Originally created 08/02/97

Running trying luck with Panthers

SPARTANBURG, S.C. - Making the Carolina Panthers' roster wouldn't be a complete shock for Mitch Running. He's been beating the odds in football for a number of years.

Running, a free agent, is trying to catch on with the Panthers as a wide receiver, a position where players who were high draft choices are his main competition.

This year, the 10 wide receivers in the Panthers' training camp include Rae Carruth, Carolina's top pick in the 1997 draft. But while Carruth and many of the other wideouts have had their share of embarrassing drops, Running consistently has made good catches during the first two weeks of camp at Wofford College.

Running's strong performance has helped him work up the depth chart, and this week, he even found himself getting some playing time with the first-team offense.

Now that he's worked his way into prominence, the question remains: Who is this guy?

"We don't know much about him," coach Dom Capers said. "What we do know about him, though, we like. He's gone through our offseason work and been a steady performer there. Then he went through our two minicamps and did well there. And now he's doing well here."

That pretty much follows the pattern of Running's football career.

He was a vital part of a state championship team at Decorah High School in Decorah, Iowa, but because he was a 5-foot-11, 170-pound option quarterback as a senior, he attracted no interest from colleges.

"I couldn't even get a Juco offer," he said.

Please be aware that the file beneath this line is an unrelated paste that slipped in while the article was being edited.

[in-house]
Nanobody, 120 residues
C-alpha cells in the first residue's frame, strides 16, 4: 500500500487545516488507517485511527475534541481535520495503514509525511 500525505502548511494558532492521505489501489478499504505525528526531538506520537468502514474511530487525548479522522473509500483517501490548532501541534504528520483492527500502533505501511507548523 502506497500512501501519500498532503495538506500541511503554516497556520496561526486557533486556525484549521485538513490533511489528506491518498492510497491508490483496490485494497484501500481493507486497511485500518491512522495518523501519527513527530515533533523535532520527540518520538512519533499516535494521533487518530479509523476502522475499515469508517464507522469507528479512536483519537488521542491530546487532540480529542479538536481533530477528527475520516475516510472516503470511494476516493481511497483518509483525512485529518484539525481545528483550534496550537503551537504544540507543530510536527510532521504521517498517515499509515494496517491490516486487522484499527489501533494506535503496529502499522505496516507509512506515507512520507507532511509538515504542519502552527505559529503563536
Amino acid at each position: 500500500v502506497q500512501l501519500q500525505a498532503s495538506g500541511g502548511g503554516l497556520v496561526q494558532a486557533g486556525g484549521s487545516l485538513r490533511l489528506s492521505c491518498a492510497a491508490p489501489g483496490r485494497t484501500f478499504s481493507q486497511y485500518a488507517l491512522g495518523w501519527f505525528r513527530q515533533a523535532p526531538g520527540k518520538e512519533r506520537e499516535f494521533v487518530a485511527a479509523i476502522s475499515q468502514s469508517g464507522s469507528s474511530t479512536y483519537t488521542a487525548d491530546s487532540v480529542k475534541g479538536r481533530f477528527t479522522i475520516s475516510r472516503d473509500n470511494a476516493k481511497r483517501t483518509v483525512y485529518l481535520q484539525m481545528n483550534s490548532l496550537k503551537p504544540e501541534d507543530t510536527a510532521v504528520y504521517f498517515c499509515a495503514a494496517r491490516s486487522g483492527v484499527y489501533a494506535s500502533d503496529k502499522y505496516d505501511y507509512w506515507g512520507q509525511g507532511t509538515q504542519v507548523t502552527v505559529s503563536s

Running went to Kansas State and walked on, hoping to make the team as a wide receiver. By the time he graduated in 1995, he had 133 receptions, third on the school's all-time list, and his 1,821 yards put him fourth on the Wildcats' career charts. In his senior season alone, Running had 51 receptions for 756 yards.

Once again, there was no interest on the next level in a wide receiver who by then had grown to 184 pounds and become known for possessing decent speed, running good routes and catching the ball in traffic.

After going undrafted, Running signed with the Houston Oilers, made their final roster and spent the 1996 season on the team's practice squad.

He could have gone back with the Oilers this year, but he also got a call from the Panthers, who lost their top two wide receivers from 1996 through free agency.

"It sounded like a better opportunity for me here," he said.

Running compares his latest quest to being a walk-on in college.

"You have to prove yourself," he said. "You don't come in with a free lunch. You're not granted a few benefits that a drafted player might have. You've just got to work a little bit harder."

That hard work has helped Running create some of his own breaks. He's also gotten a chance because of minor injuries that have limited the playing time of some of the Panthers' other wide receivers.

"Just because of injuries, I've wound up getting these extra reps," he said. "They're trying to find combinations right now, I think. And until the final cut, you can't say what's going to happen. Anything can happen in the next three weeks."


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